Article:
Many firms often face quality problems, even though quality improvement has long been a competitive imperative for performance enhancement. When suppliers are the sources of quality problems, prior literature has focused on sustaining a buyer's competitiveness given the suppliers' quality uncertainty. Surprisingly, the literature has not paid sufficient attention to quality uncertainty from a coordination perspective. On the other hand, the literature on channel coordination has not considered quality uncertainty in designing a contract of alliance. We bridge the gap between these two streams of literature by explicitly considering quality uncertainty in a coordination framework. In contrast to the coordination literature, we show that channel integration may result in smaller order quantity and less accurate inspection than in a decentralized supply chain if product quality is uncertain. We examine the two most extensively discussed contracts for coordination, buybacks and revenue-sharing, in the presence of quality uncertainty, and find that these two contracts fail to coordinate the supply chain. We then propose a new scheme, the quality-compensation contract, in which the manufacturer compensates the retailer for defective products that are inadvertently sold to consumers, and analytically show that the contract fully coordinates the supply chain.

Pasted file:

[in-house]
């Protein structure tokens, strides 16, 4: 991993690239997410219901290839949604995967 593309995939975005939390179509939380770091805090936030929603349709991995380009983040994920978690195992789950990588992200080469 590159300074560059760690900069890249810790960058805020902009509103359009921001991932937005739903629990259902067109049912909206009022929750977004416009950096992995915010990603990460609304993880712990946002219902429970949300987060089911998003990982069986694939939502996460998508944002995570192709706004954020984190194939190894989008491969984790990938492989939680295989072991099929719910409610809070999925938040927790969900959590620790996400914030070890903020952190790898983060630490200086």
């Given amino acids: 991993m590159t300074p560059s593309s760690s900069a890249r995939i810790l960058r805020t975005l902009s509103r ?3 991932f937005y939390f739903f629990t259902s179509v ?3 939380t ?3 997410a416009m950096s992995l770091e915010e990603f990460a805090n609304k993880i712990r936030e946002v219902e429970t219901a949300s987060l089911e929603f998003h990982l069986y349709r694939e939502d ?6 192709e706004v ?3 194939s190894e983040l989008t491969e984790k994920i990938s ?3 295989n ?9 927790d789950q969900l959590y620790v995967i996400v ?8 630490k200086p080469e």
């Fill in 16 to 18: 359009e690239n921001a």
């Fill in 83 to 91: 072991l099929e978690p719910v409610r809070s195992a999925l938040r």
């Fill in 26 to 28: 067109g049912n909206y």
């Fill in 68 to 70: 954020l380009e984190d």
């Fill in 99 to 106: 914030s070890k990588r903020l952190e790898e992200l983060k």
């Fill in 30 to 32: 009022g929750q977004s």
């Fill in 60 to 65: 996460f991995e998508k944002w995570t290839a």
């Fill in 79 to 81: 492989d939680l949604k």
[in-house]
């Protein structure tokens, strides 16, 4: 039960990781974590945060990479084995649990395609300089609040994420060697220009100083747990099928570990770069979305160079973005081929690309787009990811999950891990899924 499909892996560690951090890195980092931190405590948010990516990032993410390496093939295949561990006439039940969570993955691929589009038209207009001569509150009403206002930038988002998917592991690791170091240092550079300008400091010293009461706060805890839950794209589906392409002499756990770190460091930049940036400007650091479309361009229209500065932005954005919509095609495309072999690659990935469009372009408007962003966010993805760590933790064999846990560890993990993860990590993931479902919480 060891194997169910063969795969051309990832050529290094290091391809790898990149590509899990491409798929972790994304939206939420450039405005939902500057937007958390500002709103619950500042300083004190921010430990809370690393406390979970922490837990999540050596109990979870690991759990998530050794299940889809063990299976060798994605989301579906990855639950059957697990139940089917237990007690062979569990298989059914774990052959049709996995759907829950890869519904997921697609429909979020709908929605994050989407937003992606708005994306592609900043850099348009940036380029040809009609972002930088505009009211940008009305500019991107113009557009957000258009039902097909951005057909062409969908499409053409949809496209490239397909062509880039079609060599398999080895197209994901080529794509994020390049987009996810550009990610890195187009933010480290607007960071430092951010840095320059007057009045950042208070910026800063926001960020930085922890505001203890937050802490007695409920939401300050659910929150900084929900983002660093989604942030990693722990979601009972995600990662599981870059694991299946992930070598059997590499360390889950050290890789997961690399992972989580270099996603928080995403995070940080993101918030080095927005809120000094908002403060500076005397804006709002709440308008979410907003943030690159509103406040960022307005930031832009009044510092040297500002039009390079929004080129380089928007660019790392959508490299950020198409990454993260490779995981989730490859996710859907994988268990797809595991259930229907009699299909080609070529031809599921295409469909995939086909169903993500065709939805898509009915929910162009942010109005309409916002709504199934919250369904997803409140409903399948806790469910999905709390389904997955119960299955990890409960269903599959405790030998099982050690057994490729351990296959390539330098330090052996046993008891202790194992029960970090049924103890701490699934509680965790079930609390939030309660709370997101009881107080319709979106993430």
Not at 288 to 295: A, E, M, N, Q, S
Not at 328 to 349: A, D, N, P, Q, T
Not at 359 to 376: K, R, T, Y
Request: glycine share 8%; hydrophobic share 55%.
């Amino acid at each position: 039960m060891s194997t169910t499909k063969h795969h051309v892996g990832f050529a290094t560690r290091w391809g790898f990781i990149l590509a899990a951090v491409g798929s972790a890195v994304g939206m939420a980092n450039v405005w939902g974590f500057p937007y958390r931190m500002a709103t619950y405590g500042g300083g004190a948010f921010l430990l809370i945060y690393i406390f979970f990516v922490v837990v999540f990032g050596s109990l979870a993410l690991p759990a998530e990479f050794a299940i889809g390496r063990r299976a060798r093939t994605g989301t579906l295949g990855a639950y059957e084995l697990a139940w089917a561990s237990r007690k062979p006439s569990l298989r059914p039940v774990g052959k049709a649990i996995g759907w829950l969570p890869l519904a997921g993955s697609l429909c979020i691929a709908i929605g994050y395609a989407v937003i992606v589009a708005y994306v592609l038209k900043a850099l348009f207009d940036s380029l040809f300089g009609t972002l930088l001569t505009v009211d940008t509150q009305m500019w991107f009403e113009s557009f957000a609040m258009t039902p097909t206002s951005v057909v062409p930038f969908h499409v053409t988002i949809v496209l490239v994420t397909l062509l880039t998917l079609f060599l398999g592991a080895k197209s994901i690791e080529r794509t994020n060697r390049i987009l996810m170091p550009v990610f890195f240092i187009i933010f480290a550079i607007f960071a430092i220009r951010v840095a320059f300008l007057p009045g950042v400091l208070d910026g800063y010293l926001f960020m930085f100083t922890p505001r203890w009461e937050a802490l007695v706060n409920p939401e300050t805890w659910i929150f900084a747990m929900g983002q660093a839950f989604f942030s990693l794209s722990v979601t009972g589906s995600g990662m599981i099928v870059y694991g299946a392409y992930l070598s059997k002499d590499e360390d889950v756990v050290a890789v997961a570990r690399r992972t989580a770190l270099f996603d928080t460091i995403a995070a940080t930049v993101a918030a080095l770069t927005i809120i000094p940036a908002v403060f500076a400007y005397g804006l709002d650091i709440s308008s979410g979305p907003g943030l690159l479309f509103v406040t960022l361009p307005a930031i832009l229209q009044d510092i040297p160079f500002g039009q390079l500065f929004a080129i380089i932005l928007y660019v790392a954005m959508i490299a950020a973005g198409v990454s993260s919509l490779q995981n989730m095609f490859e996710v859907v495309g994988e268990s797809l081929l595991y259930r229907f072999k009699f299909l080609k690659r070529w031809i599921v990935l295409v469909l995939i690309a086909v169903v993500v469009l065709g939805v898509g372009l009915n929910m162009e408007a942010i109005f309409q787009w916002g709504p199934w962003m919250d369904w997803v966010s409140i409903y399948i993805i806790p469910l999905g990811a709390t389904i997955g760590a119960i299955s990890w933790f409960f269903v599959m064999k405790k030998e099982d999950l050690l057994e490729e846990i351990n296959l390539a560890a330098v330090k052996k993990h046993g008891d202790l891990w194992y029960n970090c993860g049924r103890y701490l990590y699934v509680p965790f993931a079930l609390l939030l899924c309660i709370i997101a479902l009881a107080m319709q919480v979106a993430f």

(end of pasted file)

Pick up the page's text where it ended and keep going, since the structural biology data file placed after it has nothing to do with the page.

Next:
- Imperfect inspection
- Quality uncertainty
- Quality-compensation contract
ASJC Scopus subject areas
- Modelling and Simulation
- Management Science and Operations Research
- Information Systems and Management